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Lorries cause more damage to roads than cars

Philippa Edmunds's picture
Sign: no lorries

Local roads bear the brunt of potholes, yet it is heavy goods vehicles, not cars, that are most to blame, argues Philippa Edmunds.

Most of our local roads were never designed to take either the weight or the volume of heavy goods traffic for which they now have to cater and that is a key reason why many show signs of structural failure. These points were highlighted recently by the Local Government Association in a press release with the headline 'Pothole levels likely to surge warn councils because of spike in number of heavy lorries'.

The Freight Transport Association rushed to respond, claiming that 'Lack of investment, not freight transport, [is] to blame for potholes'. According to the Freight Transport Association, "Larger lorries do not cause increased damage to the road surface – in fact, they have more axles which spread payloads more evenly."

But contrary to their statement, lorries do cause far more damage to foundations and structures of roads than cars because the damaging power rises exponentially as weight increases. This is called the Generalized Fourth Power Law

The Generalized Fourth Power Law is the most commonly agreed method to approximate the relative impact of vehicles on roads: the damage caused to the structure or foundations of a road is related the axle weight of the vehicle by a power of four. 

This means that a six-axle, 44-tonne truck is over 138,000 times more damaging than a typical, small, 1 tonne car (such as a Ford Fiesta) with two axles. 

In actual fact, even before the Fourth Power Law is applied, the comparison in weight per axle of 0.5 tonnes for a Fiesta and 7.33 tonnes for a large truck is stark. So, more axles do spread the weight – but nowhere near enough to support the Freight Transport Association's claims.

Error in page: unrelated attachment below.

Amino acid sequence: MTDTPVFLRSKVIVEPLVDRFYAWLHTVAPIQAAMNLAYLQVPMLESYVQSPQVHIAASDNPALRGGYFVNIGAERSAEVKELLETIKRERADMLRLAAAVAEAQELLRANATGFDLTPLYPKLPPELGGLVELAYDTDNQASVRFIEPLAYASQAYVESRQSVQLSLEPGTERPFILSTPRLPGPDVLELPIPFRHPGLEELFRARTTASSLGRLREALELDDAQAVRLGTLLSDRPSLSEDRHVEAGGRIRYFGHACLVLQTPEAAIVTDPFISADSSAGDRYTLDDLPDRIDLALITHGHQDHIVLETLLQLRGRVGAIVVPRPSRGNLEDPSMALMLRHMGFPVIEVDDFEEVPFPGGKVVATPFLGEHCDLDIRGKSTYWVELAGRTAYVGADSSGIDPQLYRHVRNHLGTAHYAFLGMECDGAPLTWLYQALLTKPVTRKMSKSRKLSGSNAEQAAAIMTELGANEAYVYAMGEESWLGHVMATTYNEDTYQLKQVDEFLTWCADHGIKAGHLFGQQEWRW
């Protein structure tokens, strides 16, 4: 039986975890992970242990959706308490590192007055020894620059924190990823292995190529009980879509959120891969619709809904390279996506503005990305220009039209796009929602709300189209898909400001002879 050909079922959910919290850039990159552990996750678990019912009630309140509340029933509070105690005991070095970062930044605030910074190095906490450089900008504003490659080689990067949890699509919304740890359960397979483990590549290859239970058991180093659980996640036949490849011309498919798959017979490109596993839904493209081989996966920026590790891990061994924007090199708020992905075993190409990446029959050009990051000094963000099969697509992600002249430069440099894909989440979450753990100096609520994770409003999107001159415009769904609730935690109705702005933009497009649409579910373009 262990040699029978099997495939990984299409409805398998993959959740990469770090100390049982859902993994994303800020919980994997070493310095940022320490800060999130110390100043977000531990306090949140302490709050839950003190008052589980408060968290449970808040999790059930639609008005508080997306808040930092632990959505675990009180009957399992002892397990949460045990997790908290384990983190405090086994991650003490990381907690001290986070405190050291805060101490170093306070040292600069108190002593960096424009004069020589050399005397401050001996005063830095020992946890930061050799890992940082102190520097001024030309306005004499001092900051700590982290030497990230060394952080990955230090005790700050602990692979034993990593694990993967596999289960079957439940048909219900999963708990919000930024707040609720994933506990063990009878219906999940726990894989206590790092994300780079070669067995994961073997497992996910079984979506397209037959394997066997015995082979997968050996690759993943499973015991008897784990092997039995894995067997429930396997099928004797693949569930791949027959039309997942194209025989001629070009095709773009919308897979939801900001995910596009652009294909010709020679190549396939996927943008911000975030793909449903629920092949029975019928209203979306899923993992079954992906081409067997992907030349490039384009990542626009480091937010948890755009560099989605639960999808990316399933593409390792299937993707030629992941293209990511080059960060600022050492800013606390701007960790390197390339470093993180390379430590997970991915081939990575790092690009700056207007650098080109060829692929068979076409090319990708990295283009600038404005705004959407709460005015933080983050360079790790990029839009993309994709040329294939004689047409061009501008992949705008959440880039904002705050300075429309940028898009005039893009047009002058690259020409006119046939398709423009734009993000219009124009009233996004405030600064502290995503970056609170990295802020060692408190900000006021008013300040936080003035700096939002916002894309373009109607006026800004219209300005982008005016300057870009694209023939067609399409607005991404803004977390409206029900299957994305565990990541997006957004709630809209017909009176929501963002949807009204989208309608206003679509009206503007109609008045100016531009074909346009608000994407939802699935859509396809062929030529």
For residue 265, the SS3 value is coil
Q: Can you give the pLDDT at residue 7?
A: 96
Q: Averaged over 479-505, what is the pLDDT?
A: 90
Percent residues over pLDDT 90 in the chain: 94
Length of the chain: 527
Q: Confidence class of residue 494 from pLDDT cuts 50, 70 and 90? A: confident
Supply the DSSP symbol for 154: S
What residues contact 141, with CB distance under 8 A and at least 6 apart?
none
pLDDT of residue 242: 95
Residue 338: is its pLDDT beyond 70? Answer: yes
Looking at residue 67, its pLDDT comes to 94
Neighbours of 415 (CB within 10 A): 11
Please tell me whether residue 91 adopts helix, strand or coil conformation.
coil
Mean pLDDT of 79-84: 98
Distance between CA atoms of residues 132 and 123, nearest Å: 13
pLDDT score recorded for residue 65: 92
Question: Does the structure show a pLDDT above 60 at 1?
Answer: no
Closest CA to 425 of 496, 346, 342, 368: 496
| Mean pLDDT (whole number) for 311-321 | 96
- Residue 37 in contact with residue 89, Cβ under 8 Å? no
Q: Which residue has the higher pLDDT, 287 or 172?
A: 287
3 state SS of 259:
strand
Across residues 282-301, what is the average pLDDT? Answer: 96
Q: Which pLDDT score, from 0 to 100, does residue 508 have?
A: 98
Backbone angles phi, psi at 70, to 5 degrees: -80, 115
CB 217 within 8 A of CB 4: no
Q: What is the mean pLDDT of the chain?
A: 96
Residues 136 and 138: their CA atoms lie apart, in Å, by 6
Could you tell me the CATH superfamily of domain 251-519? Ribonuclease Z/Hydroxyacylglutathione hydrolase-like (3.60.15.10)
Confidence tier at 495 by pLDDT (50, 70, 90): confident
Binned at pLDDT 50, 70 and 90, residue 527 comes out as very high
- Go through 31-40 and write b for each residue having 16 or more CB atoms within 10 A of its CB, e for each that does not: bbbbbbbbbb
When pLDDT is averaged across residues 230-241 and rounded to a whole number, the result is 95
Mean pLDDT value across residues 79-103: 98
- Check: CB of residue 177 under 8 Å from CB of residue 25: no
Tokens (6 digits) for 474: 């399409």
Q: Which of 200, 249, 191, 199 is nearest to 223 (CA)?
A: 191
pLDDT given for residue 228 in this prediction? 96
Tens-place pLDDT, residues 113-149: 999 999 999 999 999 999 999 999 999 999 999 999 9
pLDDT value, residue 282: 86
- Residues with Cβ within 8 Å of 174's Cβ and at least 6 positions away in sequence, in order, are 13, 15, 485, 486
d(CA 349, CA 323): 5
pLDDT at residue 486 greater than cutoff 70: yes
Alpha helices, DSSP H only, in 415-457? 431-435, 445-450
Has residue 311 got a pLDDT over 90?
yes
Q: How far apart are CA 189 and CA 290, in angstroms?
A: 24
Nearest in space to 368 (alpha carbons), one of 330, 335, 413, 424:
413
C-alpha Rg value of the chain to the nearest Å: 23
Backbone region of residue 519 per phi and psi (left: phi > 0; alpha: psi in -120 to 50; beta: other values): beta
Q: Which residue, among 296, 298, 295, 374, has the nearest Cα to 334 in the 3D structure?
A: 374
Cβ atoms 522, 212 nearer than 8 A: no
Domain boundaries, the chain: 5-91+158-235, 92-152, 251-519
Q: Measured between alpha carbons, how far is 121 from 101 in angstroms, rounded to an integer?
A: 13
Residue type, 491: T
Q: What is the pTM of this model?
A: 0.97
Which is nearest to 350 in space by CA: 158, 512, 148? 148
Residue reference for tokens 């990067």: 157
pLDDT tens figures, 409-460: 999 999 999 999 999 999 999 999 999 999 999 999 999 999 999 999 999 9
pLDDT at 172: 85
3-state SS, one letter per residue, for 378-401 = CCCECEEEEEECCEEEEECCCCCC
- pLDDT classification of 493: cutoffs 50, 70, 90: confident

(Interestingly, Transport Research Laboratory suggests that the Sixth Power Law could be applied to weak pavements.)

The structural damage caused to road foundations by heavy goods vehicles is expensive to fix. Motorways are constructed to a higher specification than local-authority-run roads to cater for heavy goods vehicles but it is the latter which make up almost 98% of our network.

Furthermore, lorries are not paying for most of the road maintenance costs with the bill for these repairs largely falling to taxpayers. Research carried out for the Campaign for Better Transport using DfT criteria found that HGVs pay less than a third of the costs associated with their activities, in terms of road congestion, road collisions, road damage and pollution which equates to an annual subsidy of around £6.5 billion. These conclusions are in line with a MDS Transmodal study in 2007 which found a very similar amount of underpayment: £6 billion.

So for socio-economic and environmental reasons, Campaign for Better Transport hosts the Freight on Rail campaign, promoting rail freight as a safer, less polluting mode which reduces road congestion and road damage.